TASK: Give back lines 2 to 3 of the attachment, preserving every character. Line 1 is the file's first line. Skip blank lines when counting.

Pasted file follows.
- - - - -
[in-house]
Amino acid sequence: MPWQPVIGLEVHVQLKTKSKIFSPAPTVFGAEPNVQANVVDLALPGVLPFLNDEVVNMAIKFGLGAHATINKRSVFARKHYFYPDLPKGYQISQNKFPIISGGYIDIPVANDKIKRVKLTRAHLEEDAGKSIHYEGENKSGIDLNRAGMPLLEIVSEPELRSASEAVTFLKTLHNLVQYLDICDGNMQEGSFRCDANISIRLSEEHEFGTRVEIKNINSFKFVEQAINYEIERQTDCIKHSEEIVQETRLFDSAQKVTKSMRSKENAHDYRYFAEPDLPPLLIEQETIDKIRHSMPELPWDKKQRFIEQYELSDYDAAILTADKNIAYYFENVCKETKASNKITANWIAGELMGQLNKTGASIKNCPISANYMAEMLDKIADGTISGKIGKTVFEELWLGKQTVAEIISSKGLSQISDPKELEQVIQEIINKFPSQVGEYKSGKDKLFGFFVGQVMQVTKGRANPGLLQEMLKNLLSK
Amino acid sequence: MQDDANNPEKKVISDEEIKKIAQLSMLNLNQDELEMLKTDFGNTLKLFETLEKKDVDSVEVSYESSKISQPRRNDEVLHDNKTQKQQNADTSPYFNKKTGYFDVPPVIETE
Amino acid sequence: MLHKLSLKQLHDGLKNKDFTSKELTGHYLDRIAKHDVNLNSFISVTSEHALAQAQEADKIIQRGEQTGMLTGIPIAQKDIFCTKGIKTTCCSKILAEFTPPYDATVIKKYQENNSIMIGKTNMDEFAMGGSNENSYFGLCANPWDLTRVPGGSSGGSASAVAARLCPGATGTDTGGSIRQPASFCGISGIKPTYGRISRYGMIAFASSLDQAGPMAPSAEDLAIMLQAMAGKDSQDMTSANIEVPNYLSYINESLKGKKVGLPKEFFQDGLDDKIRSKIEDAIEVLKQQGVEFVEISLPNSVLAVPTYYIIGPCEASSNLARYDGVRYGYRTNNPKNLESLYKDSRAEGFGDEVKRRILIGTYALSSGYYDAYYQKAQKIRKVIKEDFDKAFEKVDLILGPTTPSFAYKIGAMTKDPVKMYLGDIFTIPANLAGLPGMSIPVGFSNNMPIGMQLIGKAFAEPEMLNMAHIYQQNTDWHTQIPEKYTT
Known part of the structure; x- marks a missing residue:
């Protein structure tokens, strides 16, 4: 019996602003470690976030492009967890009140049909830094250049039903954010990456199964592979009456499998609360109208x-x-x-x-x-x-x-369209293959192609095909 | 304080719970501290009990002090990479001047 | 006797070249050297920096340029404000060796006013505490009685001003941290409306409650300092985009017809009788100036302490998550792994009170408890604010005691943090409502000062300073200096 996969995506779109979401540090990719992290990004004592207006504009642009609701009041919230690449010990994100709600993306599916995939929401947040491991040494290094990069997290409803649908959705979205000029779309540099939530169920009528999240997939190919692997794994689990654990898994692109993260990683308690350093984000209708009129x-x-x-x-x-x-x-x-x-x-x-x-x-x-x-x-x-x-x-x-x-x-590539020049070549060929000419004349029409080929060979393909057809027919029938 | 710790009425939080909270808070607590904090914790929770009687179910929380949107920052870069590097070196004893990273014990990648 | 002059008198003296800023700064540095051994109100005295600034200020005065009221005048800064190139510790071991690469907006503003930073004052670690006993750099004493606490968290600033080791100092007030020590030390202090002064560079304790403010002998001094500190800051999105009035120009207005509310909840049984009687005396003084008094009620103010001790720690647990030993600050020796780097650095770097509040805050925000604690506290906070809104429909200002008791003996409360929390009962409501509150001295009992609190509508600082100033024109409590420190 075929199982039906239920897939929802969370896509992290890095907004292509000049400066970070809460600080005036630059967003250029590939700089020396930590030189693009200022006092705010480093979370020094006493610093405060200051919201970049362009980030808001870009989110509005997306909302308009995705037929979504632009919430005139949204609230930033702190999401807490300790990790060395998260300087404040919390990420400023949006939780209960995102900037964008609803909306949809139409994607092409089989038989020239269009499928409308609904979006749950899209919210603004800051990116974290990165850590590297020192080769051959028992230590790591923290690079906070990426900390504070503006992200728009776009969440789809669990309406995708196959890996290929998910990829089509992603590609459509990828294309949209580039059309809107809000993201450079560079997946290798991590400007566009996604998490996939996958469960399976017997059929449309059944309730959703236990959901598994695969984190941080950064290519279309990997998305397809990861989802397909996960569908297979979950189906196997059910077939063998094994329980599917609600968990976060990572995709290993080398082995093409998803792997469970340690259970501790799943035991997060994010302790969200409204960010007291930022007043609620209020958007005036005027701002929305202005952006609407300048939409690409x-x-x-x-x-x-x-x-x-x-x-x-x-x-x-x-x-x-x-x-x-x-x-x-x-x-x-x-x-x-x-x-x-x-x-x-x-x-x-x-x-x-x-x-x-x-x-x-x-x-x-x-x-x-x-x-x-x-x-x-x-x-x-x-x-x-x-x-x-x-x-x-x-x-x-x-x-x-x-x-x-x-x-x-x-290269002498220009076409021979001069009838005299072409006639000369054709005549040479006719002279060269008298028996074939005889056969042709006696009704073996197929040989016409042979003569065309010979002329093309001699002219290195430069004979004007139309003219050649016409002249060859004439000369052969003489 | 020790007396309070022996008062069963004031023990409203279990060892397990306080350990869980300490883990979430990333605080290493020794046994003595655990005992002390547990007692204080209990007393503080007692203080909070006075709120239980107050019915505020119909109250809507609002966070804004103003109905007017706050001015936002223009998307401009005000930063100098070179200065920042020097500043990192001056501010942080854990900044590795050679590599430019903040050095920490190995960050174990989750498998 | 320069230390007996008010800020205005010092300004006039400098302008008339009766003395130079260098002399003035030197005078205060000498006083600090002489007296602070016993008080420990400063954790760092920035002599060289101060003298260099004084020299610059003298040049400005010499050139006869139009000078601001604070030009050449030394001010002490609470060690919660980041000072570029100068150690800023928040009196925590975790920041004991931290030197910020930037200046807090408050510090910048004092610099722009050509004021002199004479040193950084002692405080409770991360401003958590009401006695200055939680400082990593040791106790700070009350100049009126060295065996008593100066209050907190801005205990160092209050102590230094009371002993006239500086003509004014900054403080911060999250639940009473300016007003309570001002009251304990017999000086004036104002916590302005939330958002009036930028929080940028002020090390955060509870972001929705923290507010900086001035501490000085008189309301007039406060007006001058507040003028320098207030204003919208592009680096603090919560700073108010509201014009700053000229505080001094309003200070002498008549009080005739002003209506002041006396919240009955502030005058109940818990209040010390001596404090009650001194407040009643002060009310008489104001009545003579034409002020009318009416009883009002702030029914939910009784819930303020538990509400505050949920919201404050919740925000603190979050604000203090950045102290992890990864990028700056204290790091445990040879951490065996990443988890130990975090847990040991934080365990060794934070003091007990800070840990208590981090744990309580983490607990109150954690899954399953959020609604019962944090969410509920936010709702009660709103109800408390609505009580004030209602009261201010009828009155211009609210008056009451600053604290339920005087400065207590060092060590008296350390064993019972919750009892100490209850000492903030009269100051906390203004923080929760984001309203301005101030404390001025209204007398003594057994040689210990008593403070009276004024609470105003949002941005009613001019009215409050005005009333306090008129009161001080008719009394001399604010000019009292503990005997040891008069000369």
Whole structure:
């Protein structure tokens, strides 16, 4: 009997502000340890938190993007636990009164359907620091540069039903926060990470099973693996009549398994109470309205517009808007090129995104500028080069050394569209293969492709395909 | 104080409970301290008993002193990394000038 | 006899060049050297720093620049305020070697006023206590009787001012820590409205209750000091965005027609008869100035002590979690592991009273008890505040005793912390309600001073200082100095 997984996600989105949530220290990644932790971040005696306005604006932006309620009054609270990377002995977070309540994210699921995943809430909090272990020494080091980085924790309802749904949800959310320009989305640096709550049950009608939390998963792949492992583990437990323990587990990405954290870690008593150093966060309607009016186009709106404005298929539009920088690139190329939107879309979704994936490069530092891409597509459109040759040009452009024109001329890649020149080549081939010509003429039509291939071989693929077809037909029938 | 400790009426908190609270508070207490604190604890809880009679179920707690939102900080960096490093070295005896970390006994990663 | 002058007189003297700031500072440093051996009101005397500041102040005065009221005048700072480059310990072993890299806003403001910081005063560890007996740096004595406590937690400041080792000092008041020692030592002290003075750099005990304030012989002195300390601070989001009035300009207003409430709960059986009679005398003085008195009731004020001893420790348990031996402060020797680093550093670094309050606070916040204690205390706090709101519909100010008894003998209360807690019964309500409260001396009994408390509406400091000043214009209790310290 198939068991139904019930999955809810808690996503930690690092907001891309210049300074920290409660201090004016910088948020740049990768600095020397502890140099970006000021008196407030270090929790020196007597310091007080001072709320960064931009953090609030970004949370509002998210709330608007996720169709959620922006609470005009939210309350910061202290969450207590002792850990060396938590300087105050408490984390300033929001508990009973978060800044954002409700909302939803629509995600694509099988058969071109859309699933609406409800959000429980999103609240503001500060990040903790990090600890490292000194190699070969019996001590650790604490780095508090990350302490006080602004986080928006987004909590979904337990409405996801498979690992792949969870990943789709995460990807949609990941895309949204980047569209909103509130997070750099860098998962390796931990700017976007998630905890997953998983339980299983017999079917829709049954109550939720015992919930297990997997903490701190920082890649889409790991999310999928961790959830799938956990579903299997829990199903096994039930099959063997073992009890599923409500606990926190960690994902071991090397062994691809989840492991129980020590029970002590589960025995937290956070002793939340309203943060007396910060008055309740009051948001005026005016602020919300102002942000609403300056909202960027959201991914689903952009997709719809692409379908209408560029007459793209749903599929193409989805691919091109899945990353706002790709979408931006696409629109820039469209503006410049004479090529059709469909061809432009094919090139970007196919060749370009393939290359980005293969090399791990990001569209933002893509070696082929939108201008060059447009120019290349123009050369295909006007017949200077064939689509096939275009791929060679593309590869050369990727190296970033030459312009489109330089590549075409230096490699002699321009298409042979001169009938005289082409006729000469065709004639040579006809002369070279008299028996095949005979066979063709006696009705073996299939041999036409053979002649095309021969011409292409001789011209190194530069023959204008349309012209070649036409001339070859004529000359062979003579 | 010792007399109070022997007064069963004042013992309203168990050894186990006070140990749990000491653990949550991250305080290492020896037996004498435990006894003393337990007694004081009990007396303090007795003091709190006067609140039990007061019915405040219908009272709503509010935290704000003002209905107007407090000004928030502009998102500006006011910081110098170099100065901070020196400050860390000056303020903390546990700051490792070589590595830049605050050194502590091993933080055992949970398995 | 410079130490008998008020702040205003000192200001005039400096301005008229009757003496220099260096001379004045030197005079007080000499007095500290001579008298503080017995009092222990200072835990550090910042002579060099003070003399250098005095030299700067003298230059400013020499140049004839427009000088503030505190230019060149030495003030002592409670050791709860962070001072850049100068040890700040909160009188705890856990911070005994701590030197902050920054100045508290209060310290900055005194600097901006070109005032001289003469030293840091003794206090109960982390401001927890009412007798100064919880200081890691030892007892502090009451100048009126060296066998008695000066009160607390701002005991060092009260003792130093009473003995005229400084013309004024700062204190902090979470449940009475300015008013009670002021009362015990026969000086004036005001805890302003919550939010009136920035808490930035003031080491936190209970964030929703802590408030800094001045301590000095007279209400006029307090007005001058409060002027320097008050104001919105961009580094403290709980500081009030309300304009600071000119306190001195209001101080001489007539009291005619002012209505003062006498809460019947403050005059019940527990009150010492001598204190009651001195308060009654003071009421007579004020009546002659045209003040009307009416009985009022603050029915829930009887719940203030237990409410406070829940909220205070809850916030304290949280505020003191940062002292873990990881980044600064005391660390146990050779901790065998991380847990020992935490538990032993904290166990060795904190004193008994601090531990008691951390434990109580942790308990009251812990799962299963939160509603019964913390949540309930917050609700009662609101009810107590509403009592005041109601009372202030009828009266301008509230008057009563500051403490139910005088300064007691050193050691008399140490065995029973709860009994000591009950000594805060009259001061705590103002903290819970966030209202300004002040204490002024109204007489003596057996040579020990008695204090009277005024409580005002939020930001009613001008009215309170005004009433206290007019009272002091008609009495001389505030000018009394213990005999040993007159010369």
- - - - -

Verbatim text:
Amino acid sequence: MPWQPVIGLEVHVQLKTKSKIFSPAPTVFGAEPNVQANVVDLALPGVLPFLNDEVVNMAIKFGLGAHATINKRSVFARKHYFYPDLPKGYQISQNKFPIISGGYIDIPVANDKIKRVKLTRAHLEEDAGKSIHYEGENKSGIDLNRAGMPLLEIVSEPELRSASEAVTFLKTLHNLVQYLDICDGNMQEGSFRCDANISIRLSEEHEFGTRVEIKNINSFKFVEQAINYEIERQTDCIKHSEEIVQETRLFDSAQKVTKSMRSKENAHDYRYFAEPDLPPLLIEQETIDKIRHSMPELPWDKKQRFIEQYELSDYDAAILTADKNIAYYFENVCKETKASNKITANWIAGELMGQLNKTGASIKNCPISANYMAEMLDKIADGTISGKIGKTVFEELWLGKQTVAEIISSKGLSQISDPKELEQVIQEIINKFPSQVGEYKSGKDKLFGFFVGQVMQVTKGRANPGLLQEMLKNLLSK
Amino acid sequence: MQDDANNPEKKVISDEEIKKIAQLSMLNLNQDELEMLKTDFGNTLKLFETLEKKDVDSVEVSYESSKISQPRRNDEVLHDNKTQKQQNADTSPYFNKKTGYFDVPPVIETE